The Benefits Of Routine Professional Teeth Cleaning
Your oral health depends on two factors: your willingness to brush and floss regularly and your commitment to seeing your dentist every six months for an oral exam and professional teeth cleaning. You may wonder why you need to visit the dental professional so often if you are taking great care of your teeth and gums on your own, but even the most diligent patients can miss hard-to-reach areas of the mouth and leave themselves vulnerable to tooth decay and periodontal disease. Your six-month oral exam will ensure that your dentist spots any problems early in their development, but professional teeth cleaning may prevent those oral health issues, the most devastating of which is periodontal disease, all together.
Professional Teeth Cleaning To Prevent Periodontal Disease
Most commonly referred to as gum disease, periodontal disease begins with plaque, the sticky biofilm that continually forms in your mouth. Brushing twice a day and flossing at least once daily can help you remove plaque before it causes any problems. However, many patients have trouble removing every bit of this sticky substance, especially along the gumline and between teeth that are crooked or crowded. If plaque is not removed within about 48 hours after it forms, it begins to calcify into tartar, a hard substance that cannot be removed with brushing or flossing.
However, your dental hygienist can remove these stubborn deposits with a special instrument. Having tartar removed can help prevent gum disease and keep the earliest stages of the condition (gingivitis) from progressing to the more advanced and irreversible stages (periodontitis).
The Stages Of Gum Disease
Gum disease is a progressive condition with three stages:
Gingivitis: Plaque contains numerous strains of bacteria, many of which can irritate the gums and cause them to swell and bleed. This is the first stage of gum disease and is completely reversible. A thorough professional cleaning coupled with vigilant cleaning techniques at home, which your dental hygienist will demonstrate for you, will usually restore your gum tissues to optimal health.
Periodontitis: This stage of gum disease occurs when tartar along the gumline breaks the attachment of the gums to the teeth, causing bone loss and periodontal pockets. These openings between the gums and teeth trap food particles and bacteria that damage the structures holding the teeth in place. A therapeutic (deep) cleaning by your hygienist or dentist, which involves removing bacteria from the periodontal and root surfaces so that the gums can reattach to them, can help prevent more damage. Antibiotic therapy and antimicrobial rinses are also used in some cases to help control the infection. The use of topical numbing gel, swishing and rinsing with a numbing solution or use of an anesthetic to numb the area will keep you from any discomfort during the Scaling and Root Planning process.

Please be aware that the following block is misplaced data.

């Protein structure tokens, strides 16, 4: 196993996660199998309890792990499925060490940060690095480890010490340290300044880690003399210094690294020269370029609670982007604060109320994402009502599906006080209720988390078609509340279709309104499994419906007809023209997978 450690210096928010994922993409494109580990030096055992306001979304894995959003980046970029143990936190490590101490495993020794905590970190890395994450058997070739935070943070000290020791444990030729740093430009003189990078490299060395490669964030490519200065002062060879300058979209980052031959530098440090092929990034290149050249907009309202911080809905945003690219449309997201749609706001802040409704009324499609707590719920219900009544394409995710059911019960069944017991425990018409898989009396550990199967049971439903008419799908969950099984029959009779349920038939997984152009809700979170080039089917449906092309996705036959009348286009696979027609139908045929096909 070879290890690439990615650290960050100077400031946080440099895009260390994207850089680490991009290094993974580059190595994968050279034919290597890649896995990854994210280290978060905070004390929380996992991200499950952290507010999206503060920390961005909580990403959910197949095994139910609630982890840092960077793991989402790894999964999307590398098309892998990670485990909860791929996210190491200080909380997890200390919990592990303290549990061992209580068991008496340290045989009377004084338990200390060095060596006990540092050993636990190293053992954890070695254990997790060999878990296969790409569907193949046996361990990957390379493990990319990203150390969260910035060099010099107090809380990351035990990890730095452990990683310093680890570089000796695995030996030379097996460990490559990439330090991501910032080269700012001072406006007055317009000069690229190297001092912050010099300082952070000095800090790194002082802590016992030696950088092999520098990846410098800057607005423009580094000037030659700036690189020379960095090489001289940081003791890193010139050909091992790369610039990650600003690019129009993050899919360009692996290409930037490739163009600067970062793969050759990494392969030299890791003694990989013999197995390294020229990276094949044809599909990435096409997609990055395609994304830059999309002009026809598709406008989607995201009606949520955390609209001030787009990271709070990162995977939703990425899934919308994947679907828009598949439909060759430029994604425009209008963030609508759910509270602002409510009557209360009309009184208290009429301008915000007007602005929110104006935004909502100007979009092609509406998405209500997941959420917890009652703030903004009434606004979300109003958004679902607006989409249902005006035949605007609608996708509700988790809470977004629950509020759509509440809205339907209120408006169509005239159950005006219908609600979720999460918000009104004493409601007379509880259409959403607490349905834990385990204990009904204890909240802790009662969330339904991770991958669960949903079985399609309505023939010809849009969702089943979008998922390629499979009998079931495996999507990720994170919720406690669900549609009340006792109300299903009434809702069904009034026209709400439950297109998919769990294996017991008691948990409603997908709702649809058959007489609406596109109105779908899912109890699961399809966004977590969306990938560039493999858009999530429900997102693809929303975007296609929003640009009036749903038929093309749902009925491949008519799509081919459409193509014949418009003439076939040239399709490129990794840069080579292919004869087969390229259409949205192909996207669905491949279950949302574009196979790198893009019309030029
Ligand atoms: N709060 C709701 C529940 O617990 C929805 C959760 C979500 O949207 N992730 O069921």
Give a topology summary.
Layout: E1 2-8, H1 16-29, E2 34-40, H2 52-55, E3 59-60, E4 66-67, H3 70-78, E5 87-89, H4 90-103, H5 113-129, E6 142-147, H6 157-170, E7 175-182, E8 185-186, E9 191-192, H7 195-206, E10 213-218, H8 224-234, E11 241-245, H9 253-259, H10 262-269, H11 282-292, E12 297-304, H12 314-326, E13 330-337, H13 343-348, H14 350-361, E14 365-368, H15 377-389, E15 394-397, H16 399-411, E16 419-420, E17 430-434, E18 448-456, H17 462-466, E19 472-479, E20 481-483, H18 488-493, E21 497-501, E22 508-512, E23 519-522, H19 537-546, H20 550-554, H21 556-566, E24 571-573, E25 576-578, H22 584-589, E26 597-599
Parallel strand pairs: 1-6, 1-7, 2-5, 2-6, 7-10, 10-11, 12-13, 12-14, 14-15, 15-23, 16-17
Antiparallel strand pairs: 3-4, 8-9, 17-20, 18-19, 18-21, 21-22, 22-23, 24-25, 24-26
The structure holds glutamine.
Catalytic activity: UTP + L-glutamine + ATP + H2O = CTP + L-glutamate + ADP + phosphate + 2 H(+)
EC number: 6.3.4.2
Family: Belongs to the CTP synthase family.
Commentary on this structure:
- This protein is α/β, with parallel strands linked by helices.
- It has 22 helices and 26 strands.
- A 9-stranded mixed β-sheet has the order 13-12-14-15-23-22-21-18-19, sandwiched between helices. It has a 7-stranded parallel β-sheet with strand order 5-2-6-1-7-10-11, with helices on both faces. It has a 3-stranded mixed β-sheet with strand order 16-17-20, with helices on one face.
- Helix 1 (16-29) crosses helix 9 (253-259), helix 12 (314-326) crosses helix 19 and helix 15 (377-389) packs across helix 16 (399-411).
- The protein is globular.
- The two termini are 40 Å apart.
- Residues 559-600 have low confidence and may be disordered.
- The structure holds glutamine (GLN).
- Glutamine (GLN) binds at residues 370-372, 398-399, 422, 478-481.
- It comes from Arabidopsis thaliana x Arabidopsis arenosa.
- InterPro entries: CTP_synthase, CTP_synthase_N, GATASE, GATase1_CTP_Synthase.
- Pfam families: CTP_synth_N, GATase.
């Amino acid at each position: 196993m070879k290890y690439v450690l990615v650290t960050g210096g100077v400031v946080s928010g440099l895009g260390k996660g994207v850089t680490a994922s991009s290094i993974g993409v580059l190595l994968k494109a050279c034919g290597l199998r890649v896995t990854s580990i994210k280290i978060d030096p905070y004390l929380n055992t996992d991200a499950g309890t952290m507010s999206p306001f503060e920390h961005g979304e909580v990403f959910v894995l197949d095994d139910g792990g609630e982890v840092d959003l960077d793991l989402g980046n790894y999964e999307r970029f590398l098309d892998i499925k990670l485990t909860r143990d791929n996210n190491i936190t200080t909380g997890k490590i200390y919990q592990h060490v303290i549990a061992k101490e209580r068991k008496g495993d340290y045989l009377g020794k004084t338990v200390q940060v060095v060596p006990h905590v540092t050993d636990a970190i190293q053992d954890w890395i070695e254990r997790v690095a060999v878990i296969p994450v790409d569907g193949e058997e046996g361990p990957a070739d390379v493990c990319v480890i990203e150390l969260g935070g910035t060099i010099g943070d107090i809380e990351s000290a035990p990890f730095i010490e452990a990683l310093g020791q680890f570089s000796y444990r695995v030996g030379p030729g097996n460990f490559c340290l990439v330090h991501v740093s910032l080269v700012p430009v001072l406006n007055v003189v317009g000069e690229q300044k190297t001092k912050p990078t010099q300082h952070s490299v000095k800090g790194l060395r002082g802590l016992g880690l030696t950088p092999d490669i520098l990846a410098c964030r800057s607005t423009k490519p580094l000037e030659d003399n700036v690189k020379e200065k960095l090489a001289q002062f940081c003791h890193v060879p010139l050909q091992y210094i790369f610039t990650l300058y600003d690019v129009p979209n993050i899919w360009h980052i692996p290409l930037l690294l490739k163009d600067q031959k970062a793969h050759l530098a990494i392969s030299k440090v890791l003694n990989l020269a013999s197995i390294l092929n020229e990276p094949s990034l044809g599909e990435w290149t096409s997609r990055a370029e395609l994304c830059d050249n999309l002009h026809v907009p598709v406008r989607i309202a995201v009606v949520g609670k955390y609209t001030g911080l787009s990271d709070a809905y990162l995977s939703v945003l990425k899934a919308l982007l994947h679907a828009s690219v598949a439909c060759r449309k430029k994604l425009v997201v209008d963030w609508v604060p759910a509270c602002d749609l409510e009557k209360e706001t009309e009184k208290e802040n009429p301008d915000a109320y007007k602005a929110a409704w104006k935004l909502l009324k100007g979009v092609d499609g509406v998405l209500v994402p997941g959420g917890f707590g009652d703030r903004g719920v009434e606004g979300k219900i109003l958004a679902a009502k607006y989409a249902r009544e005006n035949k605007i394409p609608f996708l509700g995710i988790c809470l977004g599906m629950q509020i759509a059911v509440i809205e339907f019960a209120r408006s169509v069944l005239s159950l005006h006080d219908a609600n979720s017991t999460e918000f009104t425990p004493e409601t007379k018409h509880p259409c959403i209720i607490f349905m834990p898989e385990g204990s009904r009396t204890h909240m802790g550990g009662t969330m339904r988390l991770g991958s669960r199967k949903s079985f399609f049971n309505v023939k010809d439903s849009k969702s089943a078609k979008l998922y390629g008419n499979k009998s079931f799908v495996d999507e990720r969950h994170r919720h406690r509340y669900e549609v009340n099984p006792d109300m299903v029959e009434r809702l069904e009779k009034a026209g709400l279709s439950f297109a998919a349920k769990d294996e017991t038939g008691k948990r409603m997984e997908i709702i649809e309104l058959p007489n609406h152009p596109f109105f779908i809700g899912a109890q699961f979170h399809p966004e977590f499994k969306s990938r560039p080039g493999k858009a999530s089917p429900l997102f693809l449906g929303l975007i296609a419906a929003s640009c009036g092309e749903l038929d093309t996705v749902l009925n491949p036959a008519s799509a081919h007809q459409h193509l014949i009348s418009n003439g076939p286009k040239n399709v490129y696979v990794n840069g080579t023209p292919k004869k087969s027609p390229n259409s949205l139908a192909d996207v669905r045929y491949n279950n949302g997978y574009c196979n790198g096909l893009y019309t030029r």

Advanced Periodontitis: In this third stage of periodontal disease, the gums, periodontal ligaments and bone sustain so much damage that the teeth may begin to loosen. In the advanced stages, your hygienist cannot help you. You need more aggressive treatments from a Periodontist, such as laser surgery and bone or gum tissue grafts to help prevent tooth loss.
Your Comfort Comes First
Most patients find the professional teeth cleaning process easy to tolerate, and some actually enjoy it. However, patients with receding or sensitive gums may feel a slight amount of discomfort. If at any time you feel uncomfortable, let your hygienist or dentist know, and they can take measures to alleviate your discomfort, such as applying a topical numbing gel or swishing and rinsing with a numbing solution so that you do not feel the sensations of scaling and polishing. Taking these measures can help you feel at ease during the simple cleaning procedure so that you need not face more invasive gum disease treatments down the road.
How Teeth Cleaning Is Performed
For patients with healthy teeth and gums, and even in those who have the earliest signs of gingivitis, a teeth cleaning usually involves three simple steps:
Scaling: This procedure is carried out with a tool called a scaler. In cases where there are only a few small spots of hard calculus, your hygienist may use a manual scaler to remove tartar deposits from the teeth by gently scraping them. Tartar can also be removed with an ultrasonic scaler, which is an electronic device that uses a gentle vibration and a steady stream of water to break up larger pieces of tartar and wash away the particles.
Polishing: This step involves using a handheld tool with a spinning rubber head that polishes all tooth surfaces using a slightly abrasive paste. Polishing helps remove minor stains on the enamel and gives teeth a smooth surface that is less likely to attract plaque and oral bacteria.
Fluoride: In most cases, your dentist and/or dental hygienist will recommend a fluoride treatment after each cleaning. Applied as a rinse, gel, foam or a varnish, fluoride is a mineral that helps strengthen the enamel, which is the outermost layer of the teeth, helping it resist the acid attack that can lead to tooth decay.
Your Comfort Comes First
Most patients find the professional teeth cleaning process easy to tolerate, and some actually enjoy it. However, patients with receding or sensitive gums may feel a slight amount of discomfort. If at any time you feel uncomfortable, let your hygienist or dentist know, and they can take measures to alleviate your discomfort, such as applying a topical numbing gel so that you do not feel the sensations of scaling and polishing. Taking these measures can help you feel at ease during the simple cleaning procedure so that you need not face more invasive gum disease treatments down the road.